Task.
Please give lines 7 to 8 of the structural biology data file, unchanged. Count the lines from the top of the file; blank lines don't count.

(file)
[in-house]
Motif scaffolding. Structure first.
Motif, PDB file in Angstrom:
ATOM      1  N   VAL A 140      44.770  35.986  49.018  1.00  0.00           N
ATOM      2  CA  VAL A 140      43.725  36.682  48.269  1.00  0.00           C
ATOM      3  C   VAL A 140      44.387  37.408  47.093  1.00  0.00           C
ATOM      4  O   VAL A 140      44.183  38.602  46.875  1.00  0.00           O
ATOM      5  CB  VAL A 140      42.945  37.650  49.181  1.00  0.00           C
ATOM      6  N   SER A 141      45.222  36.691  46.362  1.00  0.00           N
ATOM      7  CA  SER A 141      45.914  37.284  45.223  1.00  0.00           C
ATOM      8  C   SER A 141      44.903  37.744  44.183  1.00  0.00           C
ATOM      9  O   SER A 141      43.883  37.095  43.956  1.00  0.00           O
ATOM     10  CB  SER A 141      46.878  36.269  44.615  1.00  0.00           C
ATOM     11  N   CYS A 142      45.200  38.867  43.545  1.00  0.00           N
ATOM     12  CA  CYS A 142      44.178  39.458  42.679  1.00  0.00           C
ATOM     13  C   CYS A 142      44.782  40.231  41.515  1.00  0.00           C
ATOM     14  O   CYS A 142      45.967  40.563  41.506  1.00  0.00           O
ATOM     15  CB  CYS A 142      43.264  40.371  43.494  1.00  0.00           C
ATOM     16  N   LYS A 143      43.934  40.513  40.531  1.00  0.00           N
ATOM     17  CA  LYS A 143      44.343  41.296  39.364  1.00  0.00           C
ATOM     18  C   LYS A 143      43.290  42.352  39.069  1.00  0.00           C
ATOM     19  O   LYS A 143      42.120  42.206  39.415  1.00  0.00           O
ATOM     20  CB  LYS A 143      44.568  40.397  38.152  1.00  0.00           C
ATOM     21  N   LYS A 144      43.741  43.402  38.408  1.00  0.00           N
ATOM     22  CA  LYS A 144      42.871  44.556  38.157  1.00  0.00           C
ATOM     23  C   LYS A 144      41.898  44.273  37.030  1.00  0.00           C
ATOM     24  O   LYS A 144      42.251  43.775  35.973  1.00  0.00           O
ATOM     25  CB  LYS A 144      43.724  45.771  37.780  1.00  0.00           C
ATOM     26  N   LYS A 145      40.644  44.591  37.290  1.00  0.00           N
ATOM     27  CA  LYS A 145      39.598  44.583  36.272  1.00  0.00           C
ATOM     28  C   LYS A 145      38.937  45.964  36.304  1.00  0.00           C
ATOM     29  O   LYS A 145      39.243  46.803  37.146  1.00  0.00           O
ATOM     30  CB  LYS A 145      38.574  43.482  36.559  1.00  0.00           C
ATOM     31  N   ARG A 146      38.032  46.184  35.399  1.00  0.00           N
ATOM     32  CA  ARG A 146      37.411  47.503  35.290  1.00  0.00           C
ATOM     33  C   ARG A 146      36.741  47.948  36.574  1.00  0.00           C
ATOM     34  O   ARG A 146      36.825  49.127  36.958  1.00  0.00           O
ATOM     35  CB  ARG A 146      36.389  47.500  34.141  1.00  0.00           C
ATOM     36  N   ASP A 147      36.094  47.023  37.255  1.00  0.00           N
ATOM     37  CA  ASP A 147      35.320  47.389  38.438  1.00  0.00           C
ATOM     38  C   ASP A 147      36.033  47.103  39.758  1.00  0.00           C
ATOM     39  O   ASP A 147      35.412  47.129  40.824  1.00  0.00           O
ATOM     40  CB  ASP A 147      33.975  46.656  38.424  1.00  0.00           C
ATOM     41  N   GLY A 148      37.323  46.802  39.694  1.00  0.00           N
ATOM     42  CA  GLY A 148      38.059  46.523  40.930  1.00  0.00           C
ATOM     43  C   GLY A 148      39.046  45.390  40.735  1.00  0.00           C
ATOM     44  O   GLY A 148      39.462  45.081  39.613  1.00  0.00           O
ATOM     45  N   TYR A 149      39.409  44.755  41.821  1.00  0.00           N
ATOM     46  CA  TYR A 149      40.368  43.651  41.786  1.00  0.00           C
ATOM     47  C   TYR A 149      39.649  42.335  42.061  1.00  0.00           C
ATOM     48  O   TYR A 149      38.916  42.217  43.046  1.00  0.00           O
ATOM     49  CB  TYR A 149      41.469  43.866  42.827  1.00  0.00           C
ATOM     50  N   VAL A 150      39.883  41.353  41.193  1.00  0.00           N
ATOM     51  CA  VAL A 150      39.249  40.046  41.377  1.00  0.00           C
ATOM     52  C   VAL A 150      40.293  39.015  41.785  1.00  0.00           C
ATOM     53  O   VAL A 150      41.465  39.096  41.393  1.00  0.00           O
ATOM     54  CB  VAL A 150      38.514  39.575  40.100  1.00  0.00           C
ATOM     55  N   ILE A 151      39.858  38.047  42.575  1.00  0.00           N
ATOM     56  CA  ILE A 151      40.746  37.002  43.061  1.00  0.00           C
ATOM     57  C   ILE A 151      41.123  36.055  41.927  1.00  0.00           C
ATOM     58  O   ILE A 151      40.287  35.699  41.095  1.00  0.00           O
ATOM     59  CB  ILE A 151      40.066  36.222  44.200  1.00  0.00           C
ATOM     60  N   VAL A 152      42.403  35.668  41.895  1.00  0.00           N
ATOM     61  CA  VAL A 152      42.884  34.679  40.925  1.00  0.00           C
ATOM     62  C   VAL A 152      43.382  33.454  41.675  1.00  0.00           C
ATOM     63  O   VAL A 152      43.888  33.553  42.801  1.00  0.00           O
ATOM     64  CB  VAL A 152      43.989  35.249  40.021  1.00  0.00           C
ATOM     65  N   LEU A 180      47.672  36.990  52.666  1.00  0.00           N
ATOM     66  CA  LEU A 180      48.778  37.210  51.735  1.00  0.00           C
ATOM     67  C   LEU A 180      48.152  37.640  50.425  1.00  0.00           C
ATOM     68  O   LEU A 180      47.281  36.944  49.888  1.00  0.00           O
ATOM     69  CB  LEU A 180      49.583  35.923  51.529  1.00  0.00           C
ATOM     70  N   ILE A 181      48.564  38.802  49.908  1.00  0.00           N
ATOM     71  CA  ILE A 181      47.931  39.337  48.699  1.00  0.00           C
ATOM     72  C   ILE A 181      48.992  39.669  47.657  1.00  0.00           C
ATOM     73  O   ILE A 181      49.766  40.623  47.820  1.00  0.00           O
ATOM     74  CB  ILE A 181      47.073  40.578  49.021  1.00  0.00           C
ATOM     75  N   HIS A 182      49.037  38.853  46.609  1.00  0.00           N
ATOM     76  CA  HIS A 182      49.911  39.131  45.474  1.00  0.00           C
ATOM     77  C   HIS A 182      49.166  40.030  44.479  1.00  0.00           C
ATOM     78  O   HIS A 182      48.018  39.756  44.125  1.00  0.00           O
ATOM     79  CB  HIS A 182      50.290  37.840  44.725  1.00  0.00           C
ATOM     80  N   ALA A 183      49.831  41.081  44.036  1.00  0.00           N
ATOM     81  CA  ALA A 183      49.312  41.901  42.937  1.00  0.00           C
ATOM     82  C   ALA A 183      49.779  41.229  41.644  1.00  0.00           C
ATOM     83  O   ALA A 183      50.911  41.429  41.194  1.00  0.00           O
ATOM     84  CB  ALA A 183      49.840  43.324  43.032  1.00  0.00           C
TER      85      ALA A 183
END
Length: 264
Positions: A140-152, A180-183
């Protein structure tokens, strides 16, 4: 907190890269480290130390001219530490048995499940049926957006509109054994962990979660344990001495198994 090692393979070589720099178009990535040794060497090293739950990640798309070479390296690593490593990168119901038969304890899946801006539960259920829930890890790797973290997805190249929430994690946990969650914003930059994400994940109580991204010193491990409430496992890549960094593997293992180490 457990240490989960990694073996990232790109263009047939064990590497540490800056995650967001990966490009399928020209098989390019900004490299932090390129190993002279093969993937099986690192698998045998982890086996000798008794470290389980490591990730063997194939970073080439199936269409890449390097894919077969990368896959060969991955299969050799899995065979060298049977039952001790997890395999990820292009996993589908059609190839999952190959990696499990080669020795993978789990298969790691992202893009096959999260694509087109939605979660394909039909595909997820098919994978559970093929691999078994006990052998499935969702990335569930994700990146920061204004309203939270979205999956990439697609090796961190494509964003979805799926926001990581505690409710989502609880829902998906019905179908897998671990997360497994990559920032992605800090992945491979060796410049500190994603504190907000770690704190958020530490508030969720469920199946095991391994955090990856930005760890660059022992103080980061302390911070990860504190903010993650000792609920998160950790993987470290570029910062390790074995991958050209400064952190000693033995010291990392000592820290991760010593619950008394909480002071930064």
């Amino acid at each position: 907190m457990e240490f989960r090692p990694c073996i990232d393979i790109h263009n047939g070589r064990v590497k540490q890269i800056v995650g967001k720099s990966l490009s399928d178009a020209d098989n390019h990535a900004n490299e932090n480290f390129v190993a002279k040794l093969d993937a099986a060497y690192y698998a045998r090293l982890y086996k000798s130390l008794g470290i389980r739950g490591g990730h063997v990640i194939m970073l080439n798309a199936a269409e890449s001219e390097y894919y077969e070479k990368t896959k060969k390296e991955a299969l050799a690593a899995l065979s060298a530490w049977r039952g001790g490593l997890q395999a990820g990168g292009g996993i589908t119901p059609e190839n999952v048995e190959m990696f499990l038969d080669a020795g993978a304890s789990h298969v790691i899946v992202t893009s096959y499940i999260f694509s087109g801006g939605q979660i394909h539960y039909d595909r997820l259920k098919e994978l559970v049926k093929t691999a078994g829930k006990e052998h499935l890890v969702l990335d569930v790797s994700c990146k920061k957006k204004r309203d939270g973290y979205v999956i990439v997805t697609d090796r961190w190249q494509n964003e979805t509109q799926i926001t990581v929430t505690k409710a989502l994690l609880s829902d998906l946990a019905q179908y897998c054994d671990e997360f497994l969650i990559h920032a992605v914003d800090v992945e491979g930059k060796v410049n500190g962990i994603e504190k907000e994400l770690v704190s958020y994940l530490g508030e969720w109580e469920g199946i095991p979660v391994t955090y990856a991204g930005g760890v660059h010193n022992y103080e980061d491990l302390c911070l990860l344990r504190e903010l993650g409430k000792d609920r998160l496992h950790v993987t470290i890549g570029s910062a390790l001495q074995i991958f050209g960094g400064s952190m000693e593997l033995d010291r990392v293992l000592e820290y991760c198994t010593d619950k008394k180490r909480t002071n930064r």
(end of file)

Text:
ATOM      4  O   VAL A 140      44.183  38.602  46.875  1.00  0.00           O
ATOM      5  CB  VAL A 140      42.945  37.650  49.181  1.00  0.00           C